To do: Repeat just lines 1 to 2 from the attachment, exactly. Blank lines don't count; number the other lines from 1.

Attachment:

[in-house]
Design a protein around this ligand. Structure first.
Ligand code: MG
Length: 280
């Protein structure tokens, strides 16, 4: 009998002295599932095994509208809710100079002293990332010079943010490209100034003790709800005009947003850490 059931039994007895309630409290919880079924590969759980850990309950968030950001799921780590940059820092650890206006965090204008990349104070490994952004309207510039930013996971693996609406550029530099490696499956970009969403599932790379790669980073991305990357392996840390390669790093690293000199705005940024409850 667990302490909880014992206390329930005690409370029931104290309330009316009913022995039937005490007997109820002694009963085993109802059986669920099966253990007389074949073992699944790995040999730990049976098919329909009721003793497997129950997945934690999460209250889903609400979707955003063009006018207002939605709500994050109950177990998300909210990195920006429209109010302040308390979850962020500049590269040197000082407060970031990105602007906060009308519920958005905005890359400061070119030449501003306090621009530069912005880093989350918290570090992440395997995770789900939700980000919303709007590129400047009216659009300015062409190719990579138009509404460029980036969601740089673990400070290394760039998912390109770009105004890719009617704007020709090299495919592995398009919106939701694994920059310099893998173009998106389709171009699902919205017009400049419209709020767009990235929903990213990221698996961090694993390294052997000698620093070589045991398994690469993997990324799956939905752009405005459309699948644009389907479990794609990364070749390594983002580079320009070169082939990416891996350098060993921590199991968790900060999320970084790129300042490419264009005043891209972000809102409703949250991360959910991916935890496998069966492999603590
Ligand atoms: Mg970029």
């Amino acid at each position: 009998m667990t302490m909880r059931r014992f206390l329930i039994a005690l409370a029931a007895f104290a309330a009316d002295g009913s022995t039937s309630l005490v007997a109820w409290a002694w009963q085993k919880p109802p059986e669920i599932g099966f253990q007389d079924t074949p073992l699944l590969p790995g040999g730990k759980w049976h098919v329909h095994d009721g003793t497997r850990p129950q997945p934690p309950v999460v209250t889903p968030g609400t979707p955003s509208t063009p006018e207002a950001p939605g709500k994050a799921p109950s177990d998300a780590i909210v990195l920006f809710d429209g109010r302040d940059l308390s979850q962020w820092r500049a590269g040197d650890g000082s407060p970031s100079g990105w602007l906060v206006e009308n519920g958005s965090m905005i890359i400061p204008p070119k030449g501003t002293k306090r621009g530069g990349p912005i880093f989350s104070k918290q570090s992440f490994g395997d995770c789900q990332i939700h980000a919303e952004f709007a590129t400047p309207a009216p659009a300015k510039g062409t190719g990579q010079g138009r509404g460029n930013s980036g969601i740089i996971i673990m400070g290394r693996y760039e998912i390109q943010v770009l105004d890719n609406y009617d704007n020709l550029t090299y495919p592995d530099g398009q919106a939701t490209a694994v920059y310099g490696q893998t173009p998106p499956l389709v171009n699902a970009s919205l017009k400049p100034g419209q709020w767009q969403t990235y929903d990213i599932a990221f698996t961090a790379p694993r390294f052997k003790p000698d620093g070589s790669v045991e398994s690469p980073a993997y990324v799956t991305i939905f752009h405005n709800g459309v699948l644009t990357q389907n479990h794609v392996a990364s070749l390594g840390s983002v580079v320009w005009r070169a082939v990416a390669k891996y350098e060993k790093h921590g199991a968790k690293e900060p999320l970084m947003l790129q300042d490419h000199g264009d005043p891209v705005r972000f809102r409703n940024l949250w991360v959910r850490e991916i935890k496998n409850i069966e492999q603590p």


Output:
[in-house]
Design a protein around this ligand. Structure first.